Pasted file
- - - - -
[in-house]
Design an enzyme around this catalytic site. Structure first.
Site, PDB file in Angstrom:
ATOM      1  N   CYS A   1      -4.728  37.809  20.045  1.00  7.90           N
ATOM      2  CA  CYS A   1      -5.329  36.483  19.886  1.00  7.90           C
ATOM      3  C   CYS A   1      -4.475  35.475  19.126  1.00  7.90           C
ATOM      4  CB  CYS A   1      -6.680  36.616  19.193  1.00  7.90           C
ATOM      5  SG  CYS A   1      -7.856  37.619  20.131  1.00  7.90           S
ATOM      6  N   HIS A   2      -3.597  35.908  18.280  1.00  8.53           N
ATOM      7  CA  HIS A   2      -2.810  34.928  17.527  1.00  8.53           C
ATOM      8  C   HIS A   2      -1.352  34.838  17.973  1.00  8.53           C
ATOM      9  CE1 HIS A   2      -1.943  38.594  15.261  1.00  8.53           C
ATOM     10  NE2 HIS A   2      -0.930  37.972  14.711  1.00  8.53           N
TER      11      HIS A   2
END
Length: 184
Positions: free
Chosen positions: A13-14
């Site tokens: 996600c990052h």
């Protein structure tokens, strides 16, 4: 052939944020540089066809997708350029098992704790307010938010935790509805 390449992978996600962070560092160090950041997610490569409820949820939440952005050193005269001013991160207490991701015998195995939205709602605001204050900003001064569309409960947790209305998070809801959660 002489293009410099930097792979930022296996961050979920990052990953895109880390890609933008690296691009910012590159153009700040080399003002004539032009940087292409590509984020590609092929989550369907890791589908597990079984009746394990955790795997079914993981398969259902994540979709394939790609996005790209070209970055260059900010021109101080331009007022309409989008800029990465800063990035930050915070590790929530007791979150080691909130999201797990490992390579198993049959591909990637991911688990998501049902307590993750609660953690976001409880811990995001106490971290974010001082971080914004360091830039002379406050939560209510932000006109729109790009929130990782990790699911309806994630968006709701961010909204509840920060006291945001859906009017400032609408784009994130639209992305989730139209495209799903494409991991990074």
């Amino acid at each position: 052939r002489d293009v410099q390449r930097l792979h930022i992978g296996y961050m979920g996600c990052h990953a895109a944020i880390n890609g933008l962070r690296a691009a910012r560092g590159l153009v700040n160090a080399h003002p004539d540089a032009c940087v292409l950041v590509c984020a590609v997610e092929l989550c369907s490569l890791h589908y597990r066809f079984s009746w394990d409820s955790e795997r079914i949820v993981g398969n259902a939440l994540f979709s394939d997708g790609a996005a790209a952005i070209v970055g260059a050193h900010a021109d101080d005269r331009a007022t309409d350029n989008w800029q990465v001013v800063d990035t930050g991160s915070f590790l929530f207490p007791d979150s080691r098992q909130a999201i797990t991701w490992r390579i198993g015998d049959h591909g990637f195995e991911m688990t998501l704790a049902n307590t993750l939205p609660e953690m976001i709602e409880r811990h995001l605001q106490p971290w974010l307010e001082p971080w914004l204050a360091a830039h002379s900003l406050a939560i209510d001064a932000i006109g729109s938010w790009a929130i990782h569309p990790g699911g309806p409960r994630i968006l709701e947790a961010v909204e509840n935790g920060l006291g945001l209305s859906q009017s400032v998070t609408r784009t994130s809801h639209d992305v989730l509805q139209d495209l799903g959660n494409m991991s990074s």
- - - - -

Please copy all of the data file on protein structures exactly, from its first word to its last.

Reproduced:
[in-house]
Design an enzyme around this catalytic site. Structure first.
Site, PDB file in Angstrom:
ATOM      1  N   CYS A   1      -4.728  37.809  20.045  1.00  7.90           N
ATOM      2  CA  CYS A   1      -5.329  36.483  19.886  1.00  7.90           C
ATOM      3  C   CYS A   1      -4.475  35.475  19.126  1.00  7.90           C
ATOM      4  CB  CYS A   1      -6.680  36.616  19.193  1.00  7.90           C
ATOM      5  SG  CYS A   1      -7.856  37.619  20.131  1.00  7.90           S
ATOM      6  N   HIS A   2      -3.597  35.908  18.280  1.00  8.53           N
ATOM      7  CA  HIS A   2      -2.810  34.928  17.527  1.00  8.53           C
ATOM      8  C   HIS A   2      -1.352  34.838  17.973  1.00  8.53           C
ATOM      9  CE1 HIS A   2      -1.943  38.594  15.261  1.00  8.53           C
ATOM     10  NE2 HIS A   2      -0.930  37.972  14.711  1.00  8.53           N
TER      11      HIS A   2
END
Length: 184
Positions: free
Chosen positions: A13-14
């Site tokens: 996600c990052h």
């Protein structure tokens, strides 16, 4: 052939944020540089066809997708350029098992704790307010938010935790509805 390449992978996600962070560092160090950041997610490569409820949820939440952005050193005269001013991160207490991701015998195995939205709602605001204050900003001064569309409960947790209305998070809801959660 002489293009410099930097792979930022296996961050979920990052990953895109880390890609933008690296691009910012590159153009700040080399003002004539032009940087292409590509984020590609092929989550369907890791589908597990079984009746394990955790795997079914993981398969259902994540979709394939790609996005790209070209970055260059900010021109101080331009007022309409989008800029990465800063990035930050915070590790929530007791979150080691909130999201797990490992390579198993049959591909990637991911688990998501049902307590993750609660953690976001409880811990995001106490971290974010001082971080914004360091830039002379406050939560209510932000006109729109790009929130990782990790699911309806994630968006709701961010909204509840920060006291945001859906009017400032609408784009994130639209992305989730139209495209799903494409991991990074």
């Amino acid at each position: 052939r002489d293009v410099q390449r930097l792979h930022i992978g296996y961050m979920g996600c990052h990953a895109a944020i880390n890609g933008l962070r690296a691009a910012r560092g590159l153009v700040n160090a080399h003002p004539d540089a032009c940087v292409l950041v590509c984020a590609v997610e092929l989550c369907s490569l890791h589908y597990r066809f079984s009746w394990d409820s955790e795997r079914i949820v993981g398969n259902a939440l994540f979709s394939d997708g790609a996005a790209a952005i070209v970055g260059a050193h900010a021109d101080d005269r331009a007022t309409d350029n989008w800029q990465v001013v800063d990035t930050g991160s915070f590790l929530f207490p007791d979150s080691r098992q909130a999201i797990t991701w490992r390579i198993g015998d049959h591909g990637f195995e991911m688990t998501l704790a049902n307590t993750l939205p609660e953690m976001i709602e409880r811990h995001l605001q106490p971290w974010l307010e001082p971080w914004l204050a360091a830039h002379s900003l406050a939560i209510d001064a932000i006109g729109s938010w790009a929130i990782h569309p990790g699911g309806p409960r994630i968006l709701e947790a961010v909204e509840n935790g920060l006291g945001l209305s859906q009017s400032v998070t609408r784009t994130s809801h639209d992305v989730l509805q139209d495209l799903g959660n494409m991991s990074s």